The Night Lives On

The Untold Stories and Secrets Behind the Sinking of the "Unsinkable" Ship—Titanic

by Walter Lord

Series: The Titanic Chronicles (No. 2)

Subject categories
ISBNs
  • 9781453238516
In this New York Times bestseller, the author of A Night to Remember and The Miracle of Dunkirk revisits the Titanic disaster.
 
Walter Lord’s A Night to Remember was a landmark work that recounted the harrowing events of April 14, 1912, when the British ocean liner RMS Titanic went down in the North Atlantic Ocean, a book that inspired a classic movie of the same name. In The Night Lives On, Lord takes the exploration further, revealing information about the ship’s last hours that emerged in the decades that followed, and separating myths from facts.
 
Was the ship really christened before setting sail on its maiden voyage? What song did the band play as water spilled over the bow? How did the ship’s wireless operators fail so badly, and why did the nearby Californian, just ten miles away when the Titanic struck the iceberg, not come to the rescue? Lord answers these questions and more, in a gripping investigation of the night when approximately 1,500 victims were lost to the sea.
 

  • Open Road Media; March 2012
  • ISBN: 9781453238516
  • Read online, or download in secure ePub format
  • Title: The Night Lives On
  • Series: The Titanic Chronicles (No. 2)
  • Author: Walter Lord
  • Imprint: Open Road Media
Subject categories
ISBNs
  • 9781453238516

In The Press

“Spellbinding.” —The Boston Globe
 
“Stunning . . . his detection and discoveries make a first-class historical reconstruction and a model in the research and writing of that difficult art.” —Barbara Tuchman, author of A Distant Mirror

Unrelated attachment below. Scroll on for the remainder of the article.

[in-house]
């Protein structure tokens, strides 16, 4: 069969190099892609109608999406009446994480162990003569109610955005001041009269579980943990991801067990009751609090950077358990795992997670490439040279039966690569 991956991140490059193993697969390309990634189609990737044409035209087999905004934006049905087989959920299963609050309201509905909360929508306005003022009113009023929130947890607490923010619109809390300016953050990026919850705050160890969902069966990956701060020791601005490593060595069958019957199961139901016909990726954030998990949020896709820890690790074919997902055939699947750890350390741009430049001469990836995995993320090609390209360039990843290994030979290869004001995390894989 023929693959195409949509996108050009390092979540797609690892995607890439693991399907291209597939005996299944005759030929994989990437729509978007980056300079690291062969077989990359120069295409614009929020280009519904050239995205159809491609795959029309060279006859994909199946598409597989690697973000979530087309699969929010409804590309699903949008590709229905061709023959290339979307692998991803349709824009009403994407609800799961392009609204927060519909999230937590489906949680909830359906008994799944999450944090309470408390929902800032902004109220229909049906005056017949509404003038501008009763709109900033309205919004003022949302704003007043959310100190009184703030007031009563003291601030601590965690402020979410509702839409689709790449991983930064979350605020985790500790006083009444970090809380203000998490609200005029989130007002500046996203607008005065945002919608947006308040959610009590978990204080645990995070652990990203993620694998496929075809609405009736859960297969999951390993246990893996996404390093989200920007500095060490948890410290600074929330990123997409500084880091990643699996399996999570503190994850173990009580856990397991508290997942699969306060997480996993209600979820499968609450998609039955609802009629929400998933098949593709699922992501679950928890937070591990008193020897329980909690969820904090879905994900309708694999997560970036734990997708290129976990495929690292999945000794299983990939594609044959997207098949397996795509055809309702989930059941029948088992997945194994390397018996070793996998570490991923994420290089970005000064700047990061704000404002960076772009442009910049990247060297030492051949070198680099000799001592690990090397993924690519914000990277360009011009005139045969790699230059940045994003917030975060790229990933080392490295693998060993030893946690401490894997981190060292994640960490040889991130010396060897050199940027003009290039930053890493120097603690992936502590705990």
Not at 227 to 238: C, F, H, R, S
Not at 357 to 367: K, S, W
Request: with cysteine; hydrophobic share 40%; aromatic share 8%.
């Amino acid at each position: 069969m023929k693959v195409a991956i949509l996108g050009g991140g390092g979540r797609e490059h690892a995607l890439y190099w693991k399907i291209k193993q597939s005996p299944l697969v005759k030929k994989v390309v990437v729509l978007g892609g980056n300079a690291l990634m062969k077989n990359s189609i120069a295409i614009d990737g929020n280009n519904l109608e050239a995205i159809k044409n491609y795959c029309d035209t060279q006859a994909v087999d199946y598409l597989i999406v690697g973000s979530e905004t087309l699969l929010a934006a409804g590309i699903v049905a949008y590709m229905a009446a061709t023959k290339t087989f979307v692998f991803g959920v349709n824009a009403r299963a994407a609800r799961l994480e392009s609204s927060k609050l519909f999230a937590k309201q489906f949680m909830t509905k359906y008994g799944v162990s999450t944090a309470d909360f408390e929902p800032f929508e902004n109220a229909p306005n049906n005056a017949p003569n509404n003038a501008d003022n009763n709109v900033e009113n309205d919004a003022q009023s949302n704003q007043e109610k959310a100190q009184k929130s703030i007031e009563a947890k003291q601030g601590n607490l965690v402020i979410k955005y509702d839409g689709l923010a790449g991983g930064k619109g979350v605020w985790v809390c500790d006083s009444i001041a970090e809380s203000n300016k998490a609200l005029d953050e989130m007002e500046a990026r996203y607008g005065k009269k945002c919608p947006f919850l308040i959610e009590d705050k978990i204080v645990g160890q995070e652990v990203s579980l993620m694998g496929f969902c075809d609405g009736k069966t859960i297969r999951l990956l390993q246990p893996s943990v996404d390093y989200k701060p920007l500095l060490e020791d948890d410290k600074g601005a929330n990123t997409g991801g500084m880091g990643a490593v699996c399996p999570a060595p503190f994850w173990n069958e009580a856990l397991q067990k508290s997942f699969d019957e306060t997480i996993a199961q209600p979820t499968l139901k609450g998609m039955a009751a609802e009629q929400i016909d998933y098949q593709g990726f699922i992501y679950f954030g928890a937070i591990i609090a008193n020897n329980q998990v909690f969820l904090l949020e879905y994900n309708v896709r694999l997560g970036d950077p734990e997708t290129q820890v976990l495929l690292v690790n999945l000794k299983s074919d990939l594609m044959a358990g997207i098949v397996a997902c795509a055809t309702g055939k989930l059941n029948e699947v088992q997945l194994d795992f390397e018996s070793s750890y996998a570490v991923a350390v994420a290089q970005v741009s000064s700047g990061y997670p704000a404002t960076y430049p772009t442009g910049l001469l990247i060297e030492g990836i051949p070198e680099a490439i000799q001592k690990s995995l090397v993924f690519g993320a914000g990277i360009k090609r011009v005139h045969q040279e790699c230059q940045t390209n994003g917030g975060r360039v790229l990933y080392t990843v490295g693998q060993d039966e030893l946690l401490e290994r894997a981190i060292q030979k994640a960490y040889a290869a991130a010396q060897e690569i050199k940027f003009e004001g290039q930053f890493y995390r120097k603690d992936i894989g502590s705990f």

“A popular historian who [wrote] books with the brisk flourishes of a first-class reporter.” —The New York Times


About The Author

Walter Lord (1917–2002) was an acclaimed and bestselling author of literary nonfiction best known for his gripping and meticulously researched accounts of watershed historical events. Born in Baltimore, Lord went to work for the Office of Strategic Services during World War II. After the war’s end, Lord joined a New York advertising firm, and began writing nonfiction in his spare time. His first book was The Fremantle Diary (1954), a volume of Civil War diaries that became a surprising success. But it was Lord’s next book, A Night to Remember (1955), that made him famous. The bestseller caused a new flurry of interest in the Titanic and inspired the 1958 film of the same name. Lord went on to use the book’s interview-heavy format as a template for most of his following works, which included detailed reconstructions of the Pearl Harbor attack in Day of Infamy (1957), the battle of Midway in Incredible Victory (1967), and the integration of the University of Mississippi in The Past That Would Not Die (1965). In all, he published a dozen books.